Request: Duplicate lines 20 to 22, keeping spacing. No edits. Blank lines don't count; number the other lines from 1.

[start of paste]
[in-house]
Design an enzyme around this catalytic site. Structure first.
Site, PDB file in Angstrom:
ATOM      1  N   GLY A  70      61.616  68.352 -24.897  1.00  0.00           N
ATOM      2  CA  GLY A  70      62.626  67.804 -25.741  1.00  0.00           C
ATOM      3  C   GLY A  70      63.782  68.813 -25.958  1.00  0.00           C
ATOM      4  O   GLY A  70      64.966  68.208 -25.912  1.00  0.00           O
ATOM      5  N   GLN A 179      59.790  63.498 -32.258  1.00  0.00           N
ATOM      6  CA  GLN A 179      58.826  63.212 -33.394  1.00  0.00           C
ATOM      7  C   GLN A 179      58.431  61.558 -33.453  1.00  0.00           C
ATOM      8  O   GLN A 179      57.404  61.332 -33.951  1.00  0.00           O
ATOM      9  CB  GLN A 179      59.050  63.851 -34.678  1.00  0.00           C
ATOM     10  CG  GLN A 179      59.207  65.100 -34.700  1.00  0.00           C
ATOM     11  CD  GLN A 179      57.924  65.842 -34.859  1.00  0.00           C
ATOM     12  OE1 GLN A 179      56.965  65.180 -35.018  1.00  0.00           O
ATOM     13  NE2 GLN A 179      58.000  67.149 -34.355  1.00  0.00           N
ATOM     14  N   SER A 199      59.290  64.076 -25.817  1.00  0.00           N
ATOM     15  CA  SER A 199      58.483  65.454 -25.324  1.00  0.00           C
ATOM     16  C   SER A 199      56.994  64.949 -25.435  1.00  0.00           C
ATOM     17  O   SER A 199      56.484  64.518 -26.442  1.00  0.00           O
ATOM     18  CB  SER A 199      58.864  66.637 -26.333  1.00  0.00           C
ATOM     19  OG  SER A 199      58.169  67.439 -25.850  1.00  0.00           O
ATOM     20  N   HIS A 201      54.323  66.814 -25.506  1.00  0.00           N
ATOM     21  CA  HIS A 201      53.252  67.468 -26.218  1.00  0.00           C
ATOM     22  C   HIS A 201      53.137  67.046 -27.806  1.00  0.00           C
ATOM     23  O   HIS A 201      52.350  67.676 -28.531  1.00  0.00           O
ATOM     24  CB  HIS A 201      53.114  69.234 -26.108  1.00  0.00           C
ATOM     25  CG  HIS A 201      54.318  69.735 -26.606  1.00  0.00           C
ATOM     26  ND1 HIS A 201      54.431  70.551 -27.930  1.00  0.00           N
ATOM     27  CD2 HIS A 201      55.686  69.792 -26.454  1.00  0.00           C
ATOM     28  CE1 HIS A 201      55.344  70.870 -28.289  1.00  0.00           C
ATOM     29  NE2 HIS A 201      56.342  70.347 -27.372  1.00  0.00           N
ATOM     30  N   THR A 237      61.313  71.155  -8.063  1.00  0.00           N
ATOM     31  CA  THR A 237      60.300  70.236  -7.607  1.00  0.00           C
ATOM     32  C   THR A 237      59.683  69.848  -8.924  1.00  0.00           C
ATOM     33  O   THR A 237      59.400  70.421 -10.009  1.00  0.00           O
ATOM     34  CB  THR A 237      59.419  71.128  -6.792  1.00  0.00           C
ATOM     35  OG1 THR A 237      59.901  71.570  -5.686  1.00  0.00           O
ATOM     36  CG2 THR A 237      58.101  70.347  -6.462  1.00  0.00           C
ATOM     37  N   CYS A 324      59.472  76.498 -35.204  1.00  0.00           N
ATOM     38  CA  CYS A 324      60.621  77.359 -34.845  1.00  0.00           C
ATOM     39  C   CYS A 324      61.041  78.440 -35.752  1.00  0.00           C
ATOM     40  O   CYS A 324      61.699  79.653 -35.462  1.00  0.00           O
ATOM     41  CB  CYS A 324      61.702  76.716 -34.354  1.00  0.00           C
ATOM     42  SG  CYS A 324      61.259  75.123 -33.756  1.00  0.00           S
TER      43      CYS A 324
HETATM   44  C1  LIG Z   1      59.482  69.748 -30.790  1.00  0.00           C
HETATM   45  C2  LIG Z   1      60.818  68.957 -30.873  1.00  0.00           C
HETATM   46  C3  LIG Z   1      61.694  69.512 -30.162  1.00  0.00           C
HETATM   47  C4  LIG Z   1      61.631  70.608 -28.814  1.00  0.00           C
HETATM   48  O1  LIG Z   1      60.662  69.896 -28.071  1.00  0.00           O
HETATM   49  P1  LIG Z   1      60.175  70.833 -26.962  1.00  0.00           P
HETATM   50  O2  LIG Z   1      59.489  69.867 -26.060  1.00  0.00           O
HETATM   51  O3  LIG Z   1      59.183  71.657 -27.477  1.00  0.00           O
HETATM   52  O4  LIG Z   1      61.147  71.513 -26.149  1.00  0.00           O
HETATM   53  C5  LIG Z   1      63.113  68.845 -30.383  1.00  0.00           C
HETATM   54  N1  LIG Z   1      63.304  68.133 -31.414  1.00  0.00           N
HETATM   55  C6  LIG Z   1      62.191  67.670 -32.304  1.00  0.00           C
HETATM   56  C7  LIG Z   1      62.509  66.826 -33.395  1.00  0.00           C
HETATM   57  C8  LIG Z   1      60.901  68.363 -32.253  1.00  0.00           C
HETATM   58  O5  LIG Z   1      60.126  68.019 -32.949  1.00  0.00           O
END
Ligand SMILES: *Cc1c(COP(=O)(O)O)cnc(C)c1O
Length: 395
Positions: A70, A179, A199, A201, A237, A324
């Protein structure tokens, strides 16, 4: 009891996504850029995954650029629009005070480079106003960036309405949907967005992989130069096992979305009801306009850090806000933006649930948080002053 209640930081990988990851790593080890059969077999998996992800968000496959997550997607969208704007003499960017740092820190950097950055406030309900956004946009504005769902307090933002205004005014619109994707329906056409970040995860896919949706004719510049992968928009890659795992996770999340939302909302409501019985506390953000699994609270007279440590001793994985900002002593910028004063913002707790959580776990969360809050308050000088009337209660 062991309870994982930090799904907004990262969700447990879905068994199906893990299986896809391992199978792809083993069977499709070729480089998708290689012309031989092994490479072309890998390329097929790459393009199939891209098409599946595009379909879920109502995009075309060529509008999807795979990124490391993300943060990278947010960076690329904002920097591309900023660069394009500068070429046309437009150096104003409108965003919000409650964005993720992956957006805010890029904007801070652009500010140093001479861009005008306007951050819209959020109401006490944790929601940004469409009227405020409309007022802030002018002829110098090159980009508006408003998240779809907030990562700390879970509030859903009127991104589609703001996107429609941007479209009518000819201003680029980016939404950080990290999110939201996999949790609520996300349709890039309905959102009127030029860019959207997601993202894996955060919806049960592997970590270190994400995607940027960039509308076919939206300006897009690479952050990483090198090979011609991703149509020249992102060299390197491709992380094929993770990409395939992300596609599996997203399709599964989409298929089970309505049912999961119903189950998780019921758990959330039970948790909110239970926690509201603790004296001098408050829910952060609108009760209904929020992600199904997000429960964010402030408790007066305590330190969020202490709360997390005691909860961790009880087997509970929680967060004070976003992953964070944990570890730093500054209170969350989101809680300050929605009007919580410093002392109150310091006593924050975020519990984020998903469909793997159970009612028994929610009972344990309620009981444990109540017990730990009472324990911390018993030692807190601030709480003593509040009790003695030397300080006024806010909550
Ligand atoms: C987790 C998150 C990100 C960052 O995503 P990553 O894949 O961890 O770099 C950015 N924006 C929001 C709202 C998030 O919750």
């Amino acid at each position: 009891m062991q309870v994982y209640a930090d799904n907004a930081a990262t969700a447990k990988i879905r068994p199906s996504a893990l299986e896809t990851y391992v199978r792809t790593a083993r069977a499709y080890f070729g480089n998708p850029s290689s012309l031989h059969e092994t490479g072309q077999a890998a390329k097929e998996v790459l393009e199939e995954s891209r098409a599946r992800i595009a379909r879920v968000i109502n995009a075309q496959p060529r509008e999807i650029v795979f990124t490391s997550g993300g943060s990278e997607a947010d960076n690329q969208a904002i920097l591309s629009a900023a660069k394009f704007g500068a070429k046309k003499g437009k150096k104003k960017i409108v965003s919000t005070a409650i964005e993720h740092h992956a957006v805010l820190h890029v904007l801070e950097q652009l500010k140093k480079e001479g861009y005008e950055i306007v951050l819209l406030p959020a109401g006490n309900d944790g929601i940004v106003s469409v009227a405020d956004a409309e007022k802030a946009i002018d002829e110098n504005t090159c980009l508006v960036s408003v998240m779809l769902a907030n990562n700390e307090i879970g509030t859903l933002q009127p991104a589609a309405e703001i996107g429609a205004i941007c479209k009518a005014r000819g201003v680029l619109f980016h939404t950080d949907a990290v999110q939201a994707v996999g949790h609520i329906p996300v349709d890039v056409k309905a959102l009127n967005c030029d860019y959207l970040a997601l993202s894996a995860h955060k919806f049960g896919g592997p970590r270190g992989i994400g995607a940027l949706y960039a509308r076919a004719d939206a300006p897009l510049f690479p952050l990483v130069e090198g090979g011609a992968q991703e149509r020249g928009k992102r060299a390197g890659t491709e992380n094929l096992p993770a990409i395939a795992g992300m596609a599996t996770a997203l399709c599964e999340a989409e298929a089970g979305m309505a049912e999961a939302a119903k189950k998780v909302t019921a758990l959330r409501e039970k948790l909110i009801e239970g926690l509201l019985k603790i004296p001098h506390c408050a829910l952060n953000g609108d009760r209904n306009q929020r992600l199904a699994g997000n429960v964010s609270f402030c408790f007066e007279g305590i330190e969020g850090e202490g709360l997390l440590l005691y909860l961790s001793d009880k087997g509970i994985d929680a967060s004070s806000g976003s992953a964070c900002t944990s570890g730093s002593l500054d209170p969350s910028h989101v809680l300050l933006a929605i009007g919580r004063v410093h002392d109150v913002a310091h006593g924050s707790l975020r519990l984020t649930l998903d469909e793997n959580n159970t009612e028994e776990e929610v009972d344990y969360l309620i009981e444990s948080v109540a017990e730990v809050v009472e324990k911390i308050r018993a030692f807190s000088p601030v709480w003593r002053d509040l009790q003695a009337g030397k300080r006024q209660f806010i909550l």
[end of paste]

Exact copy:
ATOM     17  O   SER A 199      56.484  64.518 -26.442  1.00  0.00           O
ATOM     18  CB  SER A 199      58.864  66.637 -26.333  1.00  0.00           C
ATOM     19  OG  SER A 199      58.169  67.439 -25.850  1.00  0.00           O